Tuesday, June 21, 2011

Forest Hills

Since my previous last-minute adventure was so much fun, I decided to try it again. Same type of trip, working two weekends with the week available to do whatever I wanted. I had a couple more days to plan for it. This time, however, I'd be doing the trip alone.

I decided to try Forest Hills Nudist Club and Campground. They are a smaller 45-acre co-op. Honestly, I prefer co-ops because I know they are not profit-driven. Any money that I spend there I know is going back into the campground somehow. They even have scheduled fundraisers where they specify what they intend to improve with the money. I like this.

The place looks nice on the website. They have a large pool, hot tub, cafe, lunch stand, pavilion, clubhouse, several games, and rental cottages. All I need for my stay is a place to sleep, water, food, and internet. What about internet?

Their 2010 brochure on the main page lists free wireless internet. But, I didn't see that at first, so I sent an email asking if wifi was available since I'd need to be able to work all week. The reply was "No sorry at this time WI-Fi is only available to members." This change in policy was to protect the privacy of the members.

I spent a moment thinking about that... I was prepared to stay in the cottage for five weekdays, which is a good chunk of income for them when it otherwise wouldn't be rented, but only if wifi was available. And it was available to members. Were they really going to turn me away? I asked them to reconsider. They did, and they decided to allow me to use it since I was staying an extended time and needed it. There were conditions though: All the obvious stuff, and I could only use it in the cottage since many laptops have cameras and they were concerned about privacy. No problem, I'd prefer working from the cabin anyway.

When I called to book the reservation, a different member informed me that the wifi does not work from the cabins. I had to use it from the clubhouse. I suppose I could do this -- the clubhouse looks cozy and there wouldn't be many people around to distract me.

Afterwords, I took a closer look at the facilities to see how challenging the week would be. Going through my list...

A place to sleep is easy, the cottage advertises a nice bed, nightstand, table and chairs, heater, and small refrigerator. The table and chairs appear to be a cheap set made for the patio. No big deal, since I'll be using the table and chairs in the clubhouse where wifi is available anyway.

Next on my list is water, which is also mentioned on the ad: "Our cabins are not equipped with bathrooms or running water, but these facilities are available in the clubhouse nearby." So I need to get dressed (if it's cold out) and walk to the bathroom? This is exactly what I do while tenting, so I guess I'm used to it.

Last is food. Both the cafe and the lunch stand are closed during the week, so I would need to bring my own food. What do I have available to store, prepare, and eat my food? A small fridge. There is no microwave or cooktop, and no dishes. This limits my food selection to sandwiches and snack bars unless I brought stuff. I packed my dishes for camping. Upon arrival, if there really was no microwave available, I was thinking of buying a cheap one for the cottage and telling them it's a donation.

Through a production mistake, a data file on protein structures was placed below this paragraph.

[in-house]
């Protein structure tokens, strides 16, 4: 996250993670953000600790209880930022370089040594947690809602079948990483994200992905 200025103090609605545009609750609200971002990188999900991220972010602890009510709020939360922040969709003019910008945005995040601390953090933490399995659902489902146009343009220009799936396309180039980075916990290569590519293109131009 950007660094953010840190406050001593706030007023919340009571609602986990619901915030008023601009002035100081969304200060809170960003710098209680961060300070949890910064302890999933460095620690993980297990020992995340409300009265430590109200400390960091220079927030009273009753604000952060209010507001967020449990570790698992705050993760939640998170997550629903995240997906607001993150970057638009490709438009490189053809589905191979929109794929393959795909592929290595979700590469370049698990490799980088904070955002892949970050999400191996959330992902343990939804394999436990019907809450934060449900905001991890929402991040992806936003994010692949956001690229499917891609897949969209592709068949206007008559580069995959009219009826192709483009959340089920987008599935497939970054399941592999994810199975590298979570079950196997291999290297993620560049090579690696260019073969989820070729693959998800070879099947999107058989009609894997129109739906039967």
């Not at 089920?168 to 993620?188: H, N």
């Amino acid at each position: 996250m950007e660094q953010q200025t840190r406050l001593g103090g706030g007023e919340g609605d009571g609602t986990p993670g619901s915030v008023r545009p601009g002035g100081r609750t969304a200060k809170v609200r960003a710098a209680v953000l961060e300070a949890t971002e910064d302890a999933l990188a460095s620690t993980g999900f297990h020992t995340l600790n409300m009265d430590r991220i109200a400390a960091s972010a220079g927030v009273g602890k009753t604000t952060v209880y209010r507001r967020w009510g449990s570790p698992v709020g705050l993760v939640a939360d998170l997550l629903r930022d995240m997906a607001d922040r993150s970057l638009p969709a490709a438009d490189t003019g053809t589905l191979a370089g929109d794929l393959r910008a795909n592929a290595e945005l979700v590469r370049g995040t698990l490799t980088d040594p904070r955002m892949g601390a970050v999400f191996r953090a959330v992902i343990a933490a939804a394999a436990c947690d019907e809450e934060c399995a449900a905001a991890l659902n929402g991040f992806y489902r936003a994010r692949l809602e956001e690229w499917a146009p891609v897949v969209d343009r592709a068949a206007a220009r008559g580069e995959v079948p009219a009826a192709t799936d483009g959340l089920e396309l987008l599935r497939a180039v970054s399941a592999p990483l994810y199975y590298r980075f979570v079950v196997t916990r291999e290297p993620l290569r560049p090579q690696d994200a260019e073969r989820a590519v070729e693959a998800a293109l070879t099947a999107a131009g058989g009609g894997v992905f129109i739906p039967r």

As the days got closer, I checked the weather forecast. It would be in the 60's and rainy for a large portion of the week. Their pool and hot tub are both outdoors. If I used them, I would freeze as soon as I left the water. Everyone else at the campground would probably be dressed due to the cool weather.

Faced with an expensive trip to a rural location, being the only naked guy who hangs out in the clubhouse on a laptop most of the day, starving and fending for food, and having a challenging stay in a cottage, I decided to cancel my reservation. In all fairness, if there was warm weather and an event going on with food available, staying would be far easier and more enjoyable.

So why did I decide to write about a place I never went to? I wanted to illustrate a point. A lot of nudist venues are completely geared towards people with RVs. Most people under 30 cannot afford a RV. Without my own kitchen, bathroom, and basic house, I need to rely on what is available from the venue. Is a bed, water, food, and internet too much to ask for? Most cheap motels even provide these things. Staying at a smaller nudist venue is often more challenging than staying at a cheap motel, which is discouraging for the younger non-RV generation.

Sunday, June 5, 2011

Turtle Lake

I'm starting to specialize in last-minute adventures. An opportunity came along that was too good to pass up. As part of my current job, I need to be in Michigan on some weekends. The most efficient way is to work two weekends in a row and find my own place to stay during the week. On a Thursday evening, I learned that I would need to work the next two weekends. Percilla's work was slow so she was able to take the next week off. The weather forecast looked surprisingly perfect. The next morning, we headed East and made reservations at Turtle Lake Resort on the way.

Keep in mind that this was probably the first week that was nice enough to be nude outdoors. I was fully expecting the resort to be in "recovery mode" from winter, and to be a ghost town. It was. The resort owns 163 acres, all of which seem to get used somehow. There were at most 20 people at the resort during our stay.

Monday afternoon we checked in to our Mirror Lake suite. We got the obligatory newbie tour around the resort in a minivan, since the golf cart had a flat tire from sitting all winter. She did a great job with the tour and told us everything we needed to know for our stay. Some of the bathhouses and the conversation pool were still closed. Most striking to me was that she pointed out the tire spikes at the exit, and noted that we shouldn't worry because the go down as we exit the premises. I'm in a company vehicle and will be driving over tire spikes with no repair shops nearby. That thought concerned me.